Movie Review: I’m Thinking of Ending Things
Drenched in Melancholy, Charlie Kaufman finds a drifting sense of meaning in a movie that conjures the ghost of French Marxist Guy Debord, and the Society of Spectacle
I’m Thinking of Ending Things
Starring: Jessie Buckley, Jesse Plemons, Toni Collette, David Thewlis, Guy Boyd
Directed by: Charlie Kaufman
Running time: 2 hrs 14 mins
Debuts on Netflix September 4, 2020
By Katherine Monk
Having just watched Chris Nolan’s Tenet, I’m realizing there are two ways of approaching the timeline stories in cinema. The first is slick and cinematic — an Edge of Tomorrow, Matrix-styled action film steeped in the imagery of science-fiction, which is sort of where Tenet landed. The second is far creepier, because it exploits the blur world between dreams and wakefulness.
The second technique fragments the everyday and splatters it across the screen — breaking up our understanding of linear storytelling, and the expectation that we move forward in time, like passengers sitting in a train car.
I’m Thinking of Ending Things is a Charlie Kaufman film that falls into the second category, and if anyone is good at cracking open the mirror world and reaching a bleeding hand to the other side, it’s Kaufman — the man who wrote Adaptation, Being John Malkovich, Anomalisa and Synecdoche, movies that blew us away without blowing stuff up.
Kaufman uses language not pyrotechnics to make the mental rearrangements. He plants land mines all through the script, triggering characters and forcing them into trip wires. We can feel it’s all going to vaporize from the moment we see a recurring motif of a body lying in the snow. But we find comfort when we get in the car with a young couple — Jake (Jesse Plemons) and his girlfriend of six weeks, played by Jessie Buckley. I didn’t realize the character didn’t have a name until well past the halfway point — when she wonders aloud what her own name is. But I’m getting ahead of myself, just like every character in this bizarre but strangely elegant little story.
Deep, but only in places. Kaufman’s gift seems to land in drifts. At times, the whole exercise feels a little shallow and silly…
Jake is taking this young lady to meet his parents who live on a farm outside town. From the car chat, we learn both Jake and his girlfriend have more than a passing knowledge of physics. They’re both highly educated, and they like exchanging interesting ideas. But as the young woman sits in the passenger seat, she’s edgy. Her mind isn’t in the car. It’s elsewhere. She is thinking of ending things…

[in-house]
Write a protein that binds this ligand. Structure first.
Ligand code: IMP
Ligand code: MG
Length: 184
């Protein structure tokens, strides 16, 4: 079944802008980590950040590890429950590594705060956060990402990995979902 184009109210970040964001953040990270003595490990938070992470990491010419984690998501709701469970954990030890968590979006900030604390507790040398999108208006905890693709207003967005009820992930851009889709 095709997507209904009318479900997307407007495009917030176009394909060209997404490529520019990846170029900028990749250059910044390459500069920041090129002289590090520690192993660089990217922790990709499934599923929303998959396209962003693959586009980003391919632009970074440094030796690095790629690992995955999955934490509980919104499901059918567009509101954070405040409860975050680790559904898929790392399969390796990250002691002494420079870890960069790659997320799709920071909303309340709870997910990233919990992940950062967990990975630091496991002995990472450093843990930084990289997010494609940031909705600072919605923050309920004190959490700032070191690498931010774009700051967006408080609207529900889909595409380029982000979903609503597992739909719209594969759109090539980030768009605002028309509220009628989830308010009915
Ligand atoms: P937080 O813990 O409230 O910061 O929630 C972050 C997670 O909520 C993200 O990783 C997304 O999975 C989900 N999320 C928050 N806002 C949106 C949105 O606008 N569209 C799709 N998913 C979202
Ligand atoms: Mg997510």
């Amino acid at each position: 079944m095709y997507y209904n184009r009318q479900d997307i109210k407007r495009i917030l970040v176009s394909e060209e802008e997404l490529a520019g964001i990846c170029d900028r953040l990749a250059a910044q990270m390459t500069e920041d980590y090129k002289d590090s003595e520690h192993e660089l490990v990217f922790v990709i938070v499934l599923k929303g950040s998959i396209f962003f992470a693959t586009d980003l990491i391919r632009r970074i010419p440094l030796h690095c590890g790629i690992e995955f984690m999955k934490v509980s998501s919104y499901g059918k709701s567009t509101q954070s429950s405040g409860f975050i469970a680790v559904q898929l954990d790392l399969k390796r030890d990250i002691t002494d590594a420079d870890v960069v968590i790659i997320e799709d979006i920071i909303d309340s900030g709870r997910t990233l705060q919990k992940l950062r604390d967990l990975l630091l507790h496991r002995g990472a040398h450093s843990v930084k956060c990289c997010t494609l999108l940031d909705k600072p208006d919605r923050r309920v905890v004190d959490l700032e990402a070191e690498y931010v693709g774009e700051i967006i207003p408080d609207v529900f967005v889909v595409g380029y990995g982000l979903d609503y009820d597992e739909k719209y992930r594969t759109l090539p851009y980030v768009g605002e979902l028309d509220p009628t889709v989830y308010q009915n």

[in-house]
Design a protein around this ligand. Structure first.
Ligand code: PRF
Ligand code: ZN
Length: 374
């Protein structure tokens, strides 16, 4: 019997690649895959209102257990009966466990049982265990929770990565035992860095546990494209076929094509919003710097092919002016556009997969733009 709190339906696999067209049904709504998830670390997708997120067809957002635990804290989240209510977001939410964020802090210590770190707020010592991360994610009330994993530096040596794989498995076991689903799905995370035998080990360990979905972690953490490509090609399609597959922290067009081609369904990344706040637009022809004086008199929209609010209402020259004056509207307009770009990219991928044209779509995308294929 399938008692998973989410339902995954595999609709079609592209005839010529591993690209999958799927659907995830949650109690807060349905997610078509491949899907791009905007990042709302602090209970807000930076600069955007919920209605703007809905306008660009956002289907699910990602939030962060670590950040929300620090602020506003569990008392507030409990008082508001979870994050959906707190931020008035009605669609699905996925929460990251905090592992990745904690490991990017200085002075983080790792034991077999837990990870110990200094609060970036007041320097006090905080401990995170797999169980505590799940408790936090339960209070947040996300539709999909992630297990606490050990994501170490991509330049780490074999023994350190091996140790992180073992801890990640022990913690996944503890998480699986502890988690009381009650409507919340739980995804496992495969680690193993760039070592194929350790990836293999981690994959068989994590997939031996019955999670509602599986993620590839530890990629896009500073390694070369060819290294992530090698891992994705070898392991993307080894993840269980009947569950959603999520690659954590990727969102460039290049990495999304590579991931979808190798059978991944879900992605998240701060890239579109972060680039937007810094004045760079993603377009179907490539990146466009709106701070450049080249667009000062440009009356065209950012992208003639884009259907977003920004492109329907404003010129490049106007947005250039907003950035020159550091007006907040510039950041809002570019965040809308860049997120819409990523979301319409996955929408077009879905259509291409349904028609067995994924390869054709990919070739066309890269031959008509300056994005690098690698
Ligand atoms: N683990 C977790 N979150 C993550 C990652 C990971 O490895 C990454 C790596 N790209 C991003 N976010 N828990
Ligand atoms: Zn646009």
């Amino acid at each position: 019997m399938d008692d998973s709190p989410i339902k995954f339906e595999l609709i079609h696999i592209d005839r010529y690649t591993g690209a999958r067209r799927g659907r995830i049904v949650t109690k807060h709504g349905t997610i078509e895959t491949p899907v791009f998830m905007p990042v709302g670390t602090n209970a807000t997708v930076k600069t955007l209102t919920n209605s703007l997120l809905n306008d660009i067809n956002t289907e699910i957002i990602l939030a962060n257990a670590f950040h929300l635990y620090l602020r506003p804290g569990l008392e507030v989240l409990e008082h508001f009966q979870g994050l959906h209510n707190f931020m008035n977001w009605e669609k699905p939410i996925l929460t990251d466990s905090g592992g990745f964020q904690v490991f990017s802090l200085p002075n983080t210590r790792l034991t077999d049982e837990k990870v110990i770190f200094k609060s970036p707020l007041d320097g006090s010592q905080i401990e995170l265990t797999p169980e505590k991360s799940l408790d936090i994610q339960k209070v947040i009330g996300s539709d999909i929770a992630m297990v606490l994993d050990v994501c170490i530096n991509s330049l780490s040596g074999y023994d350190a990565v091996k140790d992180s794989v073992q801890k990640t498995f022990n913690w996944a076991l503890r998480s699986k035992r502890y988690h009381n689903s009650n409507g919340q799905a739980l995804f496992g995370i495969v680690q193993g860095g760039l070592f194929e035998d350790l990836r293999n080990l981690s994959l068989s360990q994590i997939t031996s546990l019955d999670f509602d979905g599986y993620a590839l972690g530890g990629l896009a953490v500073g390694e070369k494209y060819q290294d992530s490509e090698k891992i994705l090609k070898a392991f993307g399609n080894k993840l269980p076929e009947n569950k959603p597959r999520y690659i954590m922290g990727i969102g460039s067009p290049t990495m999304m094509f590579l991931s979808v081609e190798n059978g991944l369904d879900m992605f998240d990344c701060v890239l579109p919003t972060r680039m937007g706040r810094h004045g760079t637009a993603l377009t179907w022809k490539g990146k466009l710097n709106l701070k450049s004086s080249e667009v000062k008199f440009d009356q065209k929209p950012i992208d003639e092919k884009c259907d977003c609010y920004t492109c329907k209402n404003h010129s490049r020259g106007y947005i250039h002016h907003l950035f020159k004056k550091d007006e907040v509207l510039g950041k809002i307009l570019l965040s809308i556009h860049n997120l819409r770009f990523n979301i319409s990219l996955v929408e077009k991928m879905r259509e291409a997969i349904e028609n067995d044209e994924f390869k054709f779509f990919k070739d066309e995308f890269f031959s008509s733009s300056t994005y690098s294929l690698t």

She is thinking that the man driving the car is boring her now. She realizes she’s in this car because it was easier to give him her number than to decline. She just said yes because it was easier than saying no. Now, she wonders if we’re far more passive than we’d like to believe. She muses aloud: “People like to think of themselves as points moving through time, but I think it’s probably the opposite. We are stationary and time passes through us, blind like cold wind stealing our heat leaving us chapped and frozen.”
Deep, but only in places. Kaufman’s gift seems to land in drifts. At times, the whole exercise feels a little shallow and silly — like when Jake’s parents (played by Toni Collette and David Thewlis) verge toward horror cliche. Yet, there are moments that stop you in your tracks — when he finds the right philosophical blurb to make the blur of life crystallize.
He quotes French Marxist Guy Debord’s Society of Spectacle: “spectacle cannot be understood as a mere visual deception produced by mass media technologies. It is a world view that has actually been interior-ized… watch the world through this glass, pre-interpreted for us, and it infects our brains… like a virus.”
I’m Thinking of Ending Things doesn’t make it easy, but thanks to Kaufman’s gentle touch, the film never wounds or offends. There is no violent force because the whole movie feels untethered, a floating thought bubble filled with interesting and well-spoken people searching for something solid to latch on to — only to disappear in silence the moment it lands.
THE EX-PRESS, September 4, 2020